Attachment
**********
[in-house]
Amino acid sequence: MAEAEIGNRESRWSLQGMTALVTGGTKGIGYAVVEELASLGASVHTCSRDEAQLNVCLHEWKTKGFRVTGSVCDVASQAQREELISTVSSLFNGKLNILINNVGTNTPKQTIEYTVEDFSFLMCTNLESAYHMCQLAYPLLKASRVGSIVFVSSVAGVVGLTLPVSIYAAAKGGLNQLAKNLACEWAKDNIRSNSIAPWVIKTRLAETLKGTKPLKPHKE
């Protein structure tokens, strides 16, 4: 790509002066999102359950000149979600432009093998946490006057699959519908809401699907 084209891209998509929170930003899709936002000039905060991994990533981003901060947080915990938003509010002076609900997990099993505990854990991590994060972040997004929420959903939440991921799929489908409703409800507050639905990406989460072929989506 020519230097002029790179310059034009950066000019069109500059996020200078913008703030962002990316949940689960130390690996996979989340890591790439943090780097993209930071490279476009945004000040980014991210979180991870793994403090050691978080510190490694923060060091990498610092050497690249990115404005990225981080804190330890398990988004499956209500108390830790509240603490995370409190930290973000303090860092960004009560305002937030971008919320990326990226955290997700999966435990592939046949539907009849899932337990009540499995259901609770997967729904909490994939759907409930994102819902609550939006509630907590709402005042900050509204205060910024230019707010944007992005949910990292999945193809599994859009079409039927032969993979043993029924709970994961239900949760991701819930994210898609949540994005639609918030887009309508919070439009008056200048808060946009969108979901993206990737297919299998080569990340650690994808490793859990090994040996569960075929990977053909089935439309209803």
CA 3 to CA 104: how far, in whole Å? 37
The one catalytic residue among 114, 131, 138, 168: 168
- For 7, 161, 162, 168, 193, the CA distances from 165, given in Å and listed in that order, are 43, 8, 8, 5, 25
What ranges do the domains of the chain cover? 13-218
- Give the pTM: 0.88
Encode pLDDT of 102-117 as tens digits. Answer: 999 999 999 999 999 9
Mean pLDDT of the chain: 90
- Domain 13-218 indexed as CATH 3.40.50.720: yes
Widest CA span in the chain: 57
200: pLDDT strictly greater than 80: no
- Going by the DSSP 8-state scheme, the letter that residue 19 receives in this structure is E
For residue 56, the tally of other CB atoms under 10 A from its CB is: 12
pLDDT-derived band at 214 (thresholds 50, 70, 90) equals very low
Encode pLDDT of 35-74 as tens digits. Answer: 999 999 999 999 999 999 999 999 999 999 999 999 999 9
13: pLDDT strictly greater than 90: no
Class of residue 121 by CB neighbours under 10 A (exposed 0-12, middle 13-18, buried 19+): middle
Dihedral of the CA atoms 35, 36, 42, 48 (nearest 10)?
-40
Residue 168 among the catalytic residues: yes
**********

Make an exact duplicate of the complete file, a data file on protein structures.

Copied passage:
[in-house]
Amino acid sequence: MAEAEIGNRESRWSLQGMTALVTGGTKGIGYAVVEELASLGASVHTCSRDEAQLNVCLHEWKTKGFRVTGSVCDVASQAQREELISTVSSLFNGKLNILINNVGTNTPKQTIEYTVEDFSFLMCTNLESAYHMCQLAYPLLKASRVGSIVFVSSVAGVVGLTLPVSIYAAAKGGLNQLAKNLACEWAKDNIRSNSIAPWVIKTRLAETLKGTKPLKPHKE
């Protein structure tokens, strides 16, 4: 790509002066999102359950000149979600432009093998946490006057699959519908809401699907 084209891209998509929170930003899709936002000039905060991994990533981003901060947080915990938003509010002076609900997990099993505990854990991590994060972040997004929420959903939440991921799929489908409703409800507050639905990406989460072929989506 020519230097002029790179310059034009950066000019069109500059996020200078913008703030962002990316949940689960130390690996996979989340890591790439943090780097993209930071490279476009945004000040980014991210979180991870793994403090050691978080510190490694923060060091990498610092050497690249990115404005990225981080804190330890398990988004499956209500108390830790509240603490995370409190930290973000303090860092960004009560305002937030971008919320990326990226955290997700999966435990592939046949539907009849899932337990009540499995259901609770997967729904909490994939759907409930994102819902609550939006509630907590709402005042900050509204205060910024230019707010944007992005949910990292999945193809599994859009079409039927032969993979043993029924709970994961239900949760991701819930994210898609949540994005639609918030887009309508919070439009008056200048808060946009969108979901993206990737297919299998080569990340650690994808490793859990090994040996569960075929990977053909089935439309209803």
CA 3 to CA 104: how far, in whole Å? 37
The one catalytic residue among 114, 131, 138, 168: 168
- For 7, 161, 162, 168, 193, the CA distances from 165, given in Å and listed in that order, are 43, 8, 8, 5, 25
What ranges do the domains of the chain cover? 13-218
- Give the pTM: 0.88
Encode pLDDT of 102-117 as tens digits. Answer: 999 999 999 999 999 9
Mean pLDDT of the chain: 90
- Domain 13-218 indexed as CATH 3.40.50.720: yes
Widest CA span in the chain: 57
200: pLDDT strictly greater than 80: no
- Going by the DSSP 8-state scheme, the letter that residue 19 receives in this structure is E
For residue 56, the tally of other CB atoms under 10 A from its CB is: 12
pLDDT-derived band at 214 (thresholds 50, 70, 90) equals very low
Encode pLDDT of 35-74 as tens digits. Answer: 999 999 999 999 999 999 999 999 999 999 999 999 999 9
13: pLDDT strictly greater than 90: no
Class of residue 121 by CB neighbours under 10 A (exposed 0-12, middle 13-18, buried 19+): middle
Dihedral of the CA atoms 35, 36, 42, 48 (nearest 10)?
-40
Residue 168 among the catalytic residues: yes